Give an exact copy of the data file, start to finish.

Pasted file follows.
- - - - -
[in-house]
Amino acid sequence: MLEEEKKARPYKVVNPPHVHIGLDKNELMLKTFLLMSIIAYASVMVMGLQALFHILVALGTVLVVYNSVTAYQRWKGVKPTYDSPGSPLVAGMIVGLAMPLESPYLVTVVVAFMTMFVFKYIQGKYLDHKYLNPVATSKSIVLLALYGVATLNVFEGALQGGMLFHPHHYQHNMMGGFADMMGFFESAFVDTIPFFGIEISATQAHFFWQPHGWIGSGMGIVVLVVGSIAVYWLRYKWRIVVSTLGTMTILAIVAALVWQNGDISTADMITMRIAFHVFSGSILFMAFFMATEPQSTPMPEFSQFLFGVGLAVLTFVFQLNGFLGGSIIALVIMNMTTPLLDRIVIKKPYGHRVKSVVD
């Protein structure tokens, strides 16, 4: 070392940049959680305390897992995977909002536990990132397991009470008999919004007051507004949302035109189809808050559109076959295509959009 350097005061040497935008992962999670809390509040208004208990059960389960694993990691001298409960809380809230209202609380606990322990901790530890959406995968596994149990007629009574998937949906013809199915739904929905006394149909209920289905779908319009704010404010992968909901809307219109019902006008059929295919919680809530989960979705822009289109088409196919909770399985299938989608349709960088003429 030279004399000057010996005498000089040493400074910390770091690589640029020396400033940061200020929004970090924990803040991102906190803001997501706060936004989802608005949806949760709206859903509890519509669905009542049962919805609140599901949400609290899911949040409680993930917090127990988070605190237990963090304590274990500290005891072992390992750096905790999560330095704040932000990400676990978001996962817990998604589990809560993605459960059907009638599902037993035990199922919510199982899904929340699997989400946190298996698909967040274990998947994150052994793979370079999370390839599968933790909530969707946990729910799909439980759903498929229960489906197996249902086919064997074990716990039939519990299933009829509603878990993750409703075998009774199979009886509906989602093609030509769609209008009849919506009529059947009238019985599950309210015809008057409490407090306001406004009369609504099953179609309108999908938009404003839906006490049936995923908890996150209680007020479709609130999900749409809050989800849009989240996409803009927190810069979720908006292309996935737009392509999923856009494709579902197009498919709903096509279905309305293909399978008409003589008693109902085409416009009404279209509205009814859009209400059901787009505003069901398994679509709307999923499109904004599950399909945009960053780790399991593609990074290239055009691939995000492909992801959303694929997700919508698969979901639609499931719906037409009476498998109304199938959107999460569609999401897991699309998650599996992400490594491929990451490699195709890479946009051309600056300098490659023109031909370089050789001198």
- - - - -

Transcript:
[in-house]
Amino acid sequence: MLEEEKKARPYKVVNPPHVHIGLDKNELMLKTFLLMSIIAYASVMVMGLQALFHILVALGTVLVVYNSVTAYQRWKGVKPTYDSPGSPLVAGMIVGLAMPLESPYLVTVVVAFMTMFVFKYIQGKYLDHKYLNPVATSKSIVLLALYGVATLNVFEGALQGGMLFHPHHYQHNMMGGFADMMGFFESAFVDTIPFFGIEISATQAHFFWQPHGWIGSGMGIVVLVVGSIAVYWLRYKWRIVVSTLGTMTILAIVAALVWQNGDISTADMITMRIAFHVFSGSILFMAFFMATEPQSTPMPEFSQFLFGVGLAVLTFVFQLNGFLGGSIIALVIMNMTTPLLDRIVIKKPYGHRVKSVVD
């Protein structure tokens, strides 16, 4: 070392940049959680305390897992995977909002536990990132397991009470008999919004007051507004949302035109189809808050559109076959295509959009 350097005061040497935008992962999670809390509040208004208990059960389960694993990691001298409960809380809230209202609380606990322990901790530890959406995968596994149990007629009574998937949906013809199915739904929905006394149909209920289905779908319009704010404010992968909901809307219109019902006008059929295919919680809530989960979705822009289109088409196919909770399985299938989608349709960088003429 030279004399000057010996005498000089040493400074910390770091690589640029020396400033940061200020929004970090924990803040991102906190803001997501706060936004989802608005949806949760709206859903509890519509669905009542049962919805609140599901949400609290899911949040409680993930917090127990988070605190237990963090304590274990500290005891072992390992750096905790999560330095704040932000990400676990978001996962817990998604589990809560993605459960059907009638599902037993035990199922919510199982899904929340699997989400946190298996698909967040274990998947994150052994793979370079999370390839599968933790909530969707946990729910799909439980759903498929229960489906197996249902086919064997074990716990039939519990299933009829509603878990993750409703075998009774199979009886509906989602093609030509769609209008009849919506009529059947009238019985599950309210015809008057409490407090306001406004009369609504099953179609309108999908938009404003839906006490049936995923908890996150209680007020479709609130999900749409809050989800849009989240996409803009927190810069979720908006292309996935737009392509999923856009494709579902197009498919709903096509279905309305293909399978008409003589008693109902085409416009009404279209509205009814859009209400059901787009505003069901398994679509709307999923499109904004599950399909945009960053780790399991593609990074290239055009691939995000492909992801959303694929997700919508698969979901639609499931719906037409009476498998109304199938959107999460569609999401897991699309998650599996992400490594491929990451490699195709890479946009051309600056300098490659023109031909370089050789001198």